Nevertheless, they saw, though unable to get near them, a couple of those large birds peculiar to Australia, a sort of cassowary, called emu, five feet in height, and with brown plumage, which belong to the tribe of waders.

She was a genyornis, a giant flightless bird twice the size of an emu.

By the window, the articulated skeleton of an emu posed amid the frondage, one leg raised.

Not Emu, or Goanna Lizard, or Kangaroo, not a Rainbow Serpent nor a Sky-God nor any of the Ancestors who were here in the Dreamtime.

I thank you: Blaxland did everything that was kind and hospitable - he desires his best compliments, by the way - and we saw the emu, various kinds of kangaroo, the echidna - good Lord, the echidnal - the small fat grey animal that sleeps high up in gum-trees and that very absurdly claims to be a bear, a great many of the parrot tribe, a nameless monitory lizard, all that we had hoped to see and more, except for the platypus.

Jack, To whaur the emus bide, Ye shall find the auld hen on the nest, While the auld cock sits beside.

I took it outside and tramped around behind our fence until I was satisfied there were no emus lurking about.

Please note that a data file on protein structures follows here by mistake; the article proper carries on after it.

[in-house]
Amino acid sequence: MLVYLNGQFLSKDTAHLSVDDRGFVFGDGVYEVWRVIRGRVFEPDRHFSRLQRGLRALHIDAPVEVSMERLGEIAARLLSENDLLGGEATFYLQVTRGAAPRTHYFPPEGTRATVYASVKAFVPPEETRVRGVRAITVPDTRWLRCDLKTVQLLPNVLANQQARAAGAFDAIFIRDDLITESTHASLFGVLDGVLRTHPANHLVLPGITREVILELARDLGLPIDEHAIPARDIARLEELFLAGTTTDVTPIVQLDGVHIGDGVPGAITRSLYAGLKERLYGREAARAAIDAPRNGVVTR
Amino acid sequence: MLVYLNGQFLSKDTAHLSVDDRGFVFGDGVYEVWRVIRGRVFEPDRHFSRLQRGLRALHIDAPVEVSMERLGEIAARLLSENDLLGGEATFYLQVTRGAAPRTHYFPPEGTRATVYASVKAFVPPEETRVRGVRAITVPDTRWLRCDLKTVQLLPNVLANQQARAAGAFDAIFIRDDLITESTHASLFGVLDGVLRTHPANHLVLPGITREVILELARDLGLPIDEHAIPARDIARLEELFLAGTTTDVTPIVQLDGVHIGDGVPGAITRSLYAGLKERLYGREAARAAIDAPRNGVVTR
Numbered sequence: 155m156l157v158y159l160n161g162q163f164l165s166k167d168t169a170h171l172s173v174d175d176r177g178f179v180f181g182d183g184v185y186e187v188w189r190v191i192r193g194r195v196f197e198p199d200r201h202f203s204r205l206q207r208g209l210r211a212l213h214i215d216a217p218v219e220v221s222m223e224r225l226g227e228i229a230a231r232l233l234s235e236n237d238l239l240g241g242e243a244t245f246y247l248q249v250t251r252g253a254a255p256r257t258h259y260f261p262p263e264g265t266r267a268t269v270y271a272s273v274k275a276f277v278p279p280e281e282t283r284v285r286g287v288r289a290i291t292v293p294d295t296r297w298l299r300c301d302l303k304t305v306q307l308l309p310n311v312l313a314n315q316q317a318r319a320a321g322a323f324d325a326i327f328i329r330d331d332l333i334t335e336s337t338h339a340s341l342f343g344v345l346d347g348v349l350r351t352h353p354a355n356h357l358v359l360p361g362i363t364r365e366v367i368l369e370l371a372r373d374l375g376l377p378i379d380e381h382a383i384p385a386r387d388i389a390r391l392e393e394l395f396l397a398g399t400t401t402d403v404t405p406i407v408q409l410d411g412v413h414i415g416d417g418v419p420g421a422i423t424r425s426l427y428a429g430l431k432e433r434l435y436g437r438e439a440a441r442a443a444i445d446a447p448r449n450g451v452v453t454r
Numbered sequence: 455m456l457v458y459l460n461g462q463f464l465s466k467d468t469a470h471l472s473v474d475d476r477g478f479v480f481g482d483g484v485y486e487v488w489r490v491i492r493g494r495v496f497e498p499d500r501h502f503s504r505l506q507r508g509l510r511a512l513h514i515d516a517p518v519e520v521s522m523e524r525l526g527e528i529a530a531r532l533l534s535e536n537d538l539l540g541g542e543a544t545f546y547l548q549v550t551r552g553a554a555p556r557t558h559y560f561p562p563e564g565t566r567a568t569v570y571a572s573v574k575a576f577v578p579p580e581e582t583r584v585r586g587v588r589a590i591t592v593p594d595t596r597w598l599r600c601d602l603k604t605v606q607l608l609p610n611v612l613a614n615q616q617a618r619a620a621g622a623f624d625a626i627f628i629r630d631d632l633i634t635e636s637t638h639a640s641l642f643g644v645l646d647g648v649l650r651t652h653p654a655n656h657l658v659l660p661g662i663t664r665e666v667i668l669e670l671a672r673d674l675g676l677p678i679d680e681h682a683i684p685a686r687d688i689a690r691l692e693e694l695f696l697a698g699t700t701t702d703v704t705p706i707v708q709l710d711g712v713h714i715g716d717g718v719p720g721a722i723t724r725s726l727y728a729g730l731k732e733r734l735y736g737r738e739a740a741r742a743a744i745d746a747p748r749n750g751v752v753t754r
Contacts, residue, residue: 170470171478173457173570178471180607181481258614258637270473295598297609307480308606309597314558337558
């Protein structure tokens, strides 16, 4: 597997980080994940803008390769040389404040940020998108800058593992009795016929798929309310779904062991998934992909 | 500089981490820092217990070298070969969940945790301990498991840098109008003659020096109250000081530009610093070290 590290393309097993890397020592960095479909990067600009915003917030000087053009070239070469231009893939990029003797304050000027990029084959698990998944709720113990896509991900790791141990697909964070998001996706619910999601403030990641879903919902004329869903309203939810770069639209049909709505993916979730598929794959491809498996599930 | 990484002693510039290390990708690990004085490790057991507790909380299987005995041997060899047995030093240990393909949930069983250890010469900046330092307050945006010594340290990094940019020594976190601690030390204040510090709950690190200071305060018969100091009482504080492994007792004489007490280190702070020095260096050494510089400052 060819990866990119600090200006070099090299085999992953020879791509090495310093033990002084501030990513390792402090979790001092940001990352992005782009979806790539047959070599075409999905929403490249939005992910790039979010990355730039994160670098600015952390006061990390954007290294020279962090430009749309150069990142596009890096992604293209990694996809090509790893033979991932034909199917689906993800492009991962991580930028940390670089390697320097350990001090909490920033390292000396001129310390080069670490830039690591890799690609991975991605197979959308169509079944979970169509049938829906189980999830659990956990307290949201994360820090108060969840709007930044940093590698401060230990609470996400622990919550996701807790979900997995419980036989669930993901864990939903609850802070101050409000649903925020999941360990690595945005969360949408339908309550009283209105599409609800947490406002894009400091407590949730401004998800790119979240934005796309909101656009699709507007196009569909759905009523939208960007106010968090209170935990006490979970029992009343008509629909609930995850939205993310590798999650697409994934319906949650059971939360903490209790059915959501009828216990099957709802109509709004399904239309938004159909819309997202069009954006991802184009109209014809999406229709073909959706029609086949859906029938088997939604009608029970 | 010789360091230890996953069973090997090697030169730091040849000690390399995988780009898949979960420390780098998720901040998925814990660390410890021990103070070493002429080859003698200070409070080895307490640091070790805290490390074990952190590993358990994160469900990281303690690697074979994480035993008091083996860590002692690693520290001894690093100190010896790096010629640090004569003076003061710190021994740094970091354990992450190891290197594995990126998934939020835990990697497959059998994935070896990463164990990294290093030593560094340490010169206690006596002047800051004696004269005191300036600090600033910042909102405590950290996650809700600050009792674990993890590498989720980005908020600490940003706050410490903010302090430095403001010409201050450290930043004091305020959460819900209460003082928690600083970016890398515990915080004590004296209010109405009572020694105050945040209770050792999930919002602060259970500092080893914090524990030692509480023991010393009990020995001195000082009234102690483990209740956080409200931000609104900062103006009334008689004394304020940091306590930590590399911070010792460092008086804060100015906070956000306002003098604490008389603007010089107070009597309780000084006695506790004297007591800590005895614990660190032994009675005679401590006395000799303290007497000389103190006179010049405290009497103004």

By 1993, flocks of emus and ostriches ranging from a half dozen to several hundred birds were roaming through the hills destroying property and occasionally slicing or trampling people and livestock to death.

Still more deaths resulted as many of the bullets and shotgun blasts intended for the tiny heads of emus instead hit the people being attacked.

Australians learned the same lesson in 1932, when troops armed with machine guns and artillery attempted to destroy a flock of twenty thousand emus that was devouring Western Australian crops.

The campaign failed, however, when the besieged emus split their army into squads and adopted guerrilla tactics.

The weapons had initially been designed for use against emus only, but then a representative from Dripping Springs rose to point out that ostriches, while fewer in number, had also caused plenty of trouble.

Camels, he insisted, were far more hostile to man than either emus or ostriches --and if the so-called emu pistols did not include a setting for camels, he would block the appropriation for their manufacture.

We stood like emus, listening to him all through one verse, then we pulled ourselves together.